On Tuesday, Saving Seafood released a new video highlighting how the U.S. seafood industry is focused on sustainable, traceable, and high-quality local seafood.

Taken from a series of interviews conducted by Saving Seafood at last year’s Seafood Expo, the video features representatives from some of New England’s most prominent seafood companies sharing how they ensure that domestic seafood is fresh, sustainably sourced, and reliably traced.

Screenshot from the Saving Seafood sustainability video.Seafood Expo North America brings together leading members of the domestic seafood community, including harvesters, processors, wholesalers, and retailers. While over 90 percent of seafood consumed in the U.S. is imported, Expo participants touted several major benefits of purchasing and consuming seafood caught in U.S. waters, chief among them the fact that U.S. law requires domestic fisheries be harvested at sustainable levels.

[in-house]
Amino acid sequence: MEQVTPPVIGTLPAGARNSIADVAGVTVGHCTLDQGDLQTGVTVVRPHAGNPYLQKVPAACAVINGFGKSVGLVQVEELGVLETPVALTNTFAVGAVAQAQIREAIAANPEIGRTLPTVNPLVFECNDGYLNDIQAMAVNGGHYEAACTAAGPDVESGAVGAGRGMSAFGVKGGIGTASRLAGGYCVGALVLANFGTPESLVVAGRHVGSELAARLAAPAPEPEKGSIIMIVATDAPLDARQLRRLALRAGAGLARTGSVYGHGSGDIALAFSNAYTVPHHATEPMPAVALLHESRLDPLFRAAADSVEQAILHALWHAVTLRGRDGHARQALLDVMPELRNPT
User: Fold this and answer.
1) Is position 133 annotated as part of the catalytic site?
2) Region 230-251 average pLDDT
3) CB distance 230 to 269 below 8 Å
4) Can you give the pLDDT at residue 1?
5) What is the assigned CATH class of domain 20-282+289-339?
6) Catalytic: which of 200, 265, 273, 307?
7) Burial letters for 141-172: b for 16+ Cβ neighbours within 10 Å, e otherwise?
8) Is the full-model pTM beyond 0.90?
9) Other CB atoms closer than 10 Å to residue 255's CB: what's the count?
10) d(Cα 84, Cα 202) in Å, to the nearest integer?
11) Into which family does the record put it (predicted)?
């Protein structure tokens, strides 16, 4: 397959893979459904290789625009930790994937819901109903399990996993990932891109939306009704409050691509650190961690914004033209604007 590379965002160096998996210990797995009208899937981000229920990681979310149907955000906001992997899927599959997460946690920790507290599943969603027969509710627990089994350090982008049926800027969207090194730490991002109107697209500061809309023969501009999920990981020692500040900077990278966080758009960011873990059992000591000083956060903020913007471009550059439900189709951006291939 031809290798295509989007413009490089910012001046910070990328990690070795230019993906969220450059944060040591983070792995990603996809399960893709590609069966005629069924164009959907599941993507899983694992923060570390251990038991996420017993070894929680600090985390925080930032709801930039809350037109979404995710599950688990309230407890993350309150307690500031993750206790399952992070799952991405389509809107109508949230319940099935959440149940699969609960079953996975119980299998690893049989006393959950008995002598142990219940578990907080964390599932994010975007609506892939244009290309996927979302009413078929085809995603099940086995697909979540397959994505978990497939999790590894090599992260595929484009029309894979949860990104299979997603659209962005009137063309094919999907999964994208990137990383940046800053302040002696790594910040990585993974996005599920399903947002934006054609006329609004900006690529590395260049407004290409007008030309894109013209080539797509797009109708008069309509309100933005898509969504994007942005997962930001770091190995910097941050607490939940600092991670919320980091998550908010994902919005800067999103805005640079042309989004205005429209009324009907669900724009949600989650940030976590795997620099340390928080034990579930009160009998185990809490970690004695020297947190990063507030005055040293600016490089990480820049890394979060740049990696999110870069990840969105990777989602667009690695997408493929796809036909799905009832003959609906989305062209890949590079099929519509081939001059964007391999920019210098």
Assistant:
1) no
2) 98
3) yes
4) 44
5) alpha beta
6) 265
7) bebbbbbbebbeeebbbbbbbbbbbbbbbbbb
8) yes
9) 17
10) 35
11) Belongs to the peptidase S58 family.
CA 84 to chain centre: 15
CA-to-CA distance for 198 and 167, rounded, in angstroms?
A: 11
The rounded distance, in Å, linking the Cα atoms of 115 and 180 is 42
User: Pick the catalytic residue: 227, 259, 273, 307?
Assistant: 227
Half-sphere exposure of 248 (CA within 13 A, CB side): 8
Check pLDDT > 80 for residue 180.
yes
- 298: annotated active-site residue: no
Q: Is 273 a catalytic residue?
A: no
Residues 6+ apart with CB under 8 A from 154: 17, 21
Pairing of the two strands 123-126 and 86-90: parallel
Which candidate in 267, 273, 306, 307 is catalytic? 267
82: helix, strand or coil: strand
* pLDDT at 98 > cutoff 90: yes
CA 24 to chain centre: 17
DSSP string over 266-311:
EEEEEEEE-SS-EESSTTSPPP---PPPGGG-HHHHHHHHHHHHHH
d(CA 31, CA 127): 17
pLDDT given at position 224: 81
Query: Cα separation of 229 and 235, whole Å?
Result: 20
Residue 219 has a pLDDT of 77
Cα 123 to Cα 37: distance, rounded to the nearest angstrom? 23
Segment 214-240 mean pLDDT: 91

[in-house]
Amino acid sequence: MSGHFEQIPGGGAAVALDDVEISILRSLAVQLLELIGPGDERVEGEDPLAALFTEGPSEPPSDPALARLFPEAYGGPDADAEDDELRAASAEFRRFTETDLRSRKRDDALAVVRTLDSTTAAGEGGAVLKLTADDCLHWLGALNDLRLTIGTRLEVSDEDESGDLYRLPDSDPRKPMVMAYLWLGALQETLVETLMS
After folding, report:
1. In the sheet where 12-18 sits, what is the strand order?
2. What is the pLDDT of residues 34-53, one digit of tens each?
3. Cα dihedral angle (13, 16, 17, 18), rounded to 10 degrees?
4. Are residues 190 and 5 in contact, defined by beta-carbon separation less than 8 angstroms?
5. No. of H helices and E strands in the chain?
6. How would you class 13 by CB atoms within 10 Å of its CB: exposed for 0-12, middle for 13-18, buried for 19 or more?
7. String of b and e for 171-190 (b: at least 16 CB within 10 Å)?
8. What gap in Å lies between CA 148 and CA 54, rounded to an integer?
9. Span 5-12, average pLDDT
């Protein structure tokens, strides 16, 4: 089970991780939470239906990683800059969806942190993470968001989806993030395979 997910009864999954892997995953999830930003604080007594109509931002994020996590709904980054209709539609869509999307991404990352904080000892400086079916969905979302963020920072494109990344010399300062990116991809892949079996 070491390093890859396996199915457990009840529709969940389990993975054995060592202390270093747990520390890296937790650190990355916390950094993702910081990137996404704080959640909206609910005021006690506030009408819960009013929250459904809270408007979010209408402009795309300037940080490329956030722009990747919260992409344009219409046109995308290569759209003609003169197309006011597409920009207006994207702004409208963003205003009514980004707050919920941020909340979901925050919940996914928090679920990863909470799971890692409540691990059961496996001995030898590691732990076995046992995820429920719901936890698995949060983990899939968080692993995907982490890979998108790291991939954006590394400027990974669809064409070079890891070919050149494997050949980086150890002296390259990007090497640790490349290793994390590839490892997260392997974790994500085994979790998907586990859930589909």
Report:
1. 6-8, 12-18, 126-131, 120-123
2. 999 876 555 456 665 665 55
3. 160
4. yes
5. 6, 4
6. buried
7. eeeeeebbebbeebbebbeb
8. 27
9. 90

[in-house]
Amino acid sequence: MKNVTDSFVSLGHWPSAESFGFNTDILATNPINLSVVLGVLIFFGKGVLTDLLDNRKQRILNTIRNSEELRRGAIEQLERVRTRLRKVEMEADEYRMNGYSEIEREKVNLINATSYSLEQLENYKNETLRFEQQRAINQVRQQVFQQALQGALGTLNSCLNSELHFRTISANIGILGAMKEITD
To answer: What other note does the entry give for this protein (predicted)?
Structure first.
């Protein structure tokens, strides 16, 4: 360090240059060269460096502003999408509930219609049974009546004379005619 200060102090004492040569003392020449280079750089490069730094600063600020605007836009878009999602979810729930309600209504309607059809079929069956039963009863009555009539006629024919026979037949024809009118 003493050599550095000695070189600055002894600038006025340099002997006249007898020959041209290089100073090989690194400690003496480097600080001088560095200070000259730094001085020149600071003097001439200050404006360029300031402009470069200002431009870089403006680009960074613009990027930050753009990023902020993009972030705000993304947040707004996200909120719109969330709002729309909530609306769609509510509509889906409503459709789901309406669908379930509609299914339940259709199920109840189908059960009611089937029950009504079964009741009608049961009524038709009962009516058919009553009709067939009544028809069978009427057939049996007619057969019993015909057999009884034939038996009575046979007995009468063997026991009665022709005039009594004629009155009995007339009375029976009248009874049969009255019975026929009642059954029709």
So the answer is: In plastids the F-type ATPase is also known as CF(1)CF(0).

“Every single species that we are pulling out of the ocean and serving up to our clients, to our chefs, and to our specialty retailers are sustainable,” said Laura Foley Ramsden, co-owner of M.F. Foley, Inc. of Boston, and a former councilmember on the New England Fishery Management Council. “We’re able to go to our customers and inform them about how fisheries in the U.S. are managed, that it’s illegal to be overfishing, and that they are coming from a sustainable resource.”

“We’ve always known where all the fish came from, and where it went,” said Charlie Nagle, President of Boston’s John Nagle Co. “Everything we do is traceable.”

Sustainability & Traceability at Seafood Expo North America from Saving Seafood on Vimeo.

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Samuel Hill is the former associate editor for National Fisherman. He is a graduate of the University of Southern Maine where he got his start in journalism at the campus’ newspaper, the Free Press. He has also written for the Bangor Daily News, the Outline, Motherboard and other publications about technology and culture.

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